The Macalope doesn't know about you, but he went on quite a personal journey of discovery about Apple's controversial hiring then firing of Antonio García Martínez, a rollercoaster of a human resources debacle that played out last week.
The Macalope's first thought was I don't have an opinion about this because I don't know who this person is. You know, like you do about things you don't know anything about. Then he learned García Martínez used to work at Facebook.
So, starting to have some feelings, feelings that can largely be summed up by Ew. But Facebook employment should not necessarily be a disqualifying event, provided you perform certain acts of contrition and possibly an exorcism or two.
But we're just getting started.
Apple, you may recall, is a company that prides itself on its pro-privacy stance and uses it in marketing as a differentiating factor between itself and its competitors. The Macalope in particular has consistently been a cheerleader for this stance and believes smartphone reviews should take it into consideration, which they almost never do.
Here's the reality: Most people don't care about privacy, García-Martínez said. Media elites care about it, underemployed Eurocrats care about it. And the entire privacy-industrial complex — there's an entire set of very loud voices who are constantly beating the drum and building media careers around this.
Nobody cares about it but people can build media careers on it because media careers occur in a vacuum. Got it.
Suffice it to say, this is not the kind of hire the Macalope likes to see a privacy-forward company make. You could make a good argument that Apple shouldn't have hired García Martínez based on this comment alone, but maybe it was just a thing he said. You know how you sometime just say things about privacy you don't mean? Sure.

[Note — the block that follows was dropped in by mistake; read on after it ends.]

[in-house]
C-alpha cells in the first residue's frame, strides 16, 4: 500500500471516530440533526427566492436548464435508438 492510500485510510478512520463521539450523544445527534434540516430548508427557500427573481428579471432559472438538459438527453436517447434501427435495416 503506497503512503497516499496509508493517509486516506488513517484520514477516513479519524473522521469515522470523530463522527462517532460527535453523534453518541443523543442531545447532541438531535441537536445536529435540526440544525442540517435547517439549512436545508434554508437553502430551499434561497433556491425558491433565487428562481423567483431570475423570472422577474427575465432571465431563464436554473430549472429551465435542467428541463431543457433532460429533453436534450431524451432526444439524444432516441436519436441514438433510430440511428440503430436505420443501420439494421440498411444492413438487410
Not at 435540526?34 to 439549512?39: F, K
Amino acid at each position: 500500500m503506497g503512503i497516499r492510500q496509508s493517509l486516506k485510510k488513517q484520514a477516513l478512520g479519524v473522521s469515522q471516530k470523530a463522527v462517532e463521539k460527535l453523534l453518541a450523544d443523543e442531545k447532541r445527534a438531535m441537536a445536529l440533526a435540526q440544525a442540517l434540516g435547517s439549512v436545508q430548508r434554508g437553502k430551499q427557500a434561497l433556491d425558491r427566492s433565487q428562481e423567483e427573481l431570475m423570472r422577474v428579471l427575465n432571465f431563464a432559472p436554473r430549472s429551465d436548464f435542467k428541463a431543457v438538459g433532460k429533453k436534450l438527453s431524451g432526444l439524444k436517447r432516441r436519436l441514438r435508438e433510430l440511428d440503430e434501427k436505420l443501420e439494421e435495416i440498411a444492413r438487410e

But we're not done yet! No, no, no.
Apple also prides itself on having a culture of inclusion and respect for all people. So it's a little weird that García Martínez was hired after writing:
Most women in the Bay Area are soft and weak, cosseted and naive despite their claims of worldliness, and generally full of [expletive deleted]
If you need more to convince you that García Martínez was a bad fit for Apple, he also wrote that an Indian co-worker reminded him of a rickshaw driver and that if a female colleague wanted to disarm him, she needed either more cleavage or more charm. Classy.
García Martínez explains away his mal mots by comparing his style to Hunter S. Thompson because that's what you do. Whenever anyone complains about the Macalope's writing or points out a logical error or typo or the fact that he forgot to file a column, he just asks them why they hate fine literature. Works every time.
A number of Apple employees were none too pleased about this hire after it became known and they circulated a petition directed to Senior Vice President Eddy Cue demanding an investigation into it. The stink that was raised was enough for Apple to pull the plug, a plug that should never have been put into the outlet or the bathtub drain or whatever the plug is for in that analogy.
To be clear, the Macalope believes Apple should not have hired García Martínez only to fire him. He believe it never should have hired him in the first place.
García Martínez says Apple was aware of his comments before they hired him and the Macalope believes him. Apple is too careful a company to not make a thorough check of someone who's such a high-profile hire. Which to this be-horned observer is really disturbing. Who hired this guy? Whoever it was decided either the comments weren't a big deal or that no one would notice. Either one is not a good look.
If you're worried about García Martínez's right to free speech, don't be. He wrote a whole book! It was on the New York Times' best seller list! Just ask him! His speech is not under threat.
The First Amendment protects your right to speak your mind, it doesn't say you can still get employed anywhere you want after you shoot your mouth off, no matter which great writer you think you sound like.